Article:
I Am A Killer, on Netflix. 

I Am A Killer: Sympathy for the Devil, 2018

Where to Watch: Netflix

In 1991, Miguel Angel Martinez, 17, Manuel “Milo” Flores, 17, and Miguel Angel Venegas, Jr., 16, each played a role in a triple murder that shocked the city of Laredo. The crime is widely referred to as the “triple ax-murders,” as the three suspects used an ax on their victims. The Netflix documentary interviews some of the key players in the case, revisits the gruesome night and notes some of the motives. The case set a precedent for Laredo, as Martinez became the youngest defendant on death row in Texas. 

The Candyman Murders, 2021

Where to Watch: ABC13

Before the term “serial killer” came to be, there was Dean Corll: the Candy Man. In 1973, Pasadena Police received a call for help from a young man who claimed he had killed his friend. However, police eventually realized it wasn’t an open-and-shut case but the hair-raising end to a years-long scheme by Corll. He tortured, raped, and killed dozens of young men in the area. Nearly 50 years later, the cases beg the question—are there more bodies?

The State of Texas vs. Melissa, 2020

Where to Watch: Hulu

Melissa Lucio was the first Hispanic woman in Texas to receive a death sentence. Lucio was accused of the abuse and murder of one of her children. In 2007, paramedics arrived at Lucio’s residence, stumbling upon an unresponsive two-year-old who had died. Based on cited evidence indicating the child in question experienced abuse, Lucio was arrested and convicted of murder. Melissa Lucio was sentenced to death in 2008, and while still on death row, her case remains open as she is determined to demonstrate her innocence.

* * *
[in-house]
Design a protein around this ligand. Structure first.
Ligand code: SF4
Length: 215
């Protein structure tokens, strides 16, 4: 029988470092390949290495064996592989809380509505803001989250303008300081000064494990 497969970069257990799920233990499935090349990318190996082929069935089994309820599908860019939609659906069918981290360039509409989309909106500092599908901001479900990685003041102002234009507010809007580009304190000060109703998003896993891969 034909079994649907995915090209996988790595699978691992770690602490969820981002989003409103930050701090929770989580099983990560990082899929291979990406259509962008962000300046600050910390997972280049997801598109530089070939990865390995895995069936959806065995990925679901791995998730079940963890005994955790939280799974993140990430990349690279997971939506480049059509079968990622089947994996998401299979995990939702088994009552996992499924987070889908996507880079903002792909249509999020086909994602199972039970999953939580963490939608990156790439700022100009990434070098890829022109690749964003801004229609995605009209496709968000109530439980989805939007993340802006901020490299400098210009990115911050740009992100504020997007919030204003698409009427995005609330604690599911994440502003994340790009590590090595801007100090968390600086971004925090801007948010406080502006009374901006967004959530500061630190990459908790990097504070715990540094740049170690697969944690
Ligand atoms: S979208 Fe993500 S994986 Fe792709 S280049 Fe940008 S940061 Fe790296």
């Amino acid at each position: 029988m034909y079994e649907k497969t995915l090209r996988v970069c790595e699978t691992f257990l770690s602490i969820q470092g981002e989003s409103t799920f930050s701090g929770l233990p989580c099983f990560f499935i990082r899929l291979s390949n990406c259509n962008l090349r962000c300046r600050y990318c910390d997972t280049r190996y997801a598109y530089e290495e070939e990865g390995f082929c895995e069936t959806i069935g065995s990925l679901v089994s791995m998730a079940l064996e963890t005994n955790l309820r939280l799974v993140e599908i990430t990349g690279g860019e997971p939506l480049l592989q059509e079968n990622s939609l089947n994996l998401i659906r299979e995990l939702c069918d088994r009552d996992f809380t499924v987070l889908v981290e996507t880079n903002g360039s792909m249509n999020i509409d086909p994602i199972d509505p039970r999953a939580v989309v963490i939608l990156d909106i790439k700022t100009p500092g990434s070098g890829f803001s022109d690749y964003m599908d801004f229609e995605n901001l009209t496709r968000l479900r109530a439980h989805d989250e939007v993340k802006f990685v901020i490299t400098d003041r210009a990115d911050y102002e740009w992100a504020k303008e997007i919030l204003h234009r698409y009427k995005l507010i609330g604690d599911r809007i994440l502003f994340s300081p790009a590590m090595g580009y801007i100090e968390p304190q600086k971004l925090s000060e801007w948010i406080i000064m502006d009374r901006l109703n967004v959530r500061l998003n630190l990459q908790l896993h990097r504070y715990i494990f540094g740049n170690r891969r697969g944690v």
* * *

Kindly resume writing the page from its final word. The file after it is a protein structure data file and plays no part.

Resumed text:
The Phantom. 

The Phantom, 2021

Where to Watch: Netflix

Wanda Lopez, a young gas station attendant, was stabbed to death in Corpus Christi in 1983. A man named Carlos was arrested shortly after that. But, until his execution, he insisted on his innocence, claiming another Carlos with a different last name committed the crime. The story has haunted Corpus for years—bringing up questions about the Texas justice system and the treatment of working-class Mexican Americans. 

Into the Abyss, 2011

Where to Watch: YouTube

This film is about a triple homicide in Conroe, Texas, that resulted in an execution and a death sentence for Michael Perry and his accomplice, Jason Burkett. On October 24, 2001, a 50-year-old nurse, Sandra Stotler, was shot and killed by the two teenagers, attempting to carjack a red Camaro. What happened after has been the subject of controversy and communal tension, as the sentencing, trial, and execution brought forth questions of the finality of capital punishment for then-teenagers. Directed by acclaimed filmmaker Werner Herzog, this documentary explores the life and death of prison inmates.  

The Imposter, 2012

Where to Watch: Amazon Prime

What could be worse than the nightmare of a missing son? Someone pretending to be that missing son. In June of 1994, Nicholas Barclay disappeared from San Antonio, Texas; three years later, someone turned up claiming to be him in Spain. This documentary reveals how a family can be manipulated in their most vulnerable moments and how international identity theft shook a Texas city. 

Southwest of Salem: The Story of the San Antonio Four, 2016

Where to Watch: Amazon Prime

The Satanic Panic of the 1980s created undue confusion, scapegoating, and blame, particularly for minorities. Amid this tumultuous time, four Latina lesbians were wrongfully convicted of assaulting two little girls. The homophobia the four experienced led to false accusations, spurred on by the political climate of San Antonio at the time. This documentary details the journeys of convicted women as they worked to prove their innocence.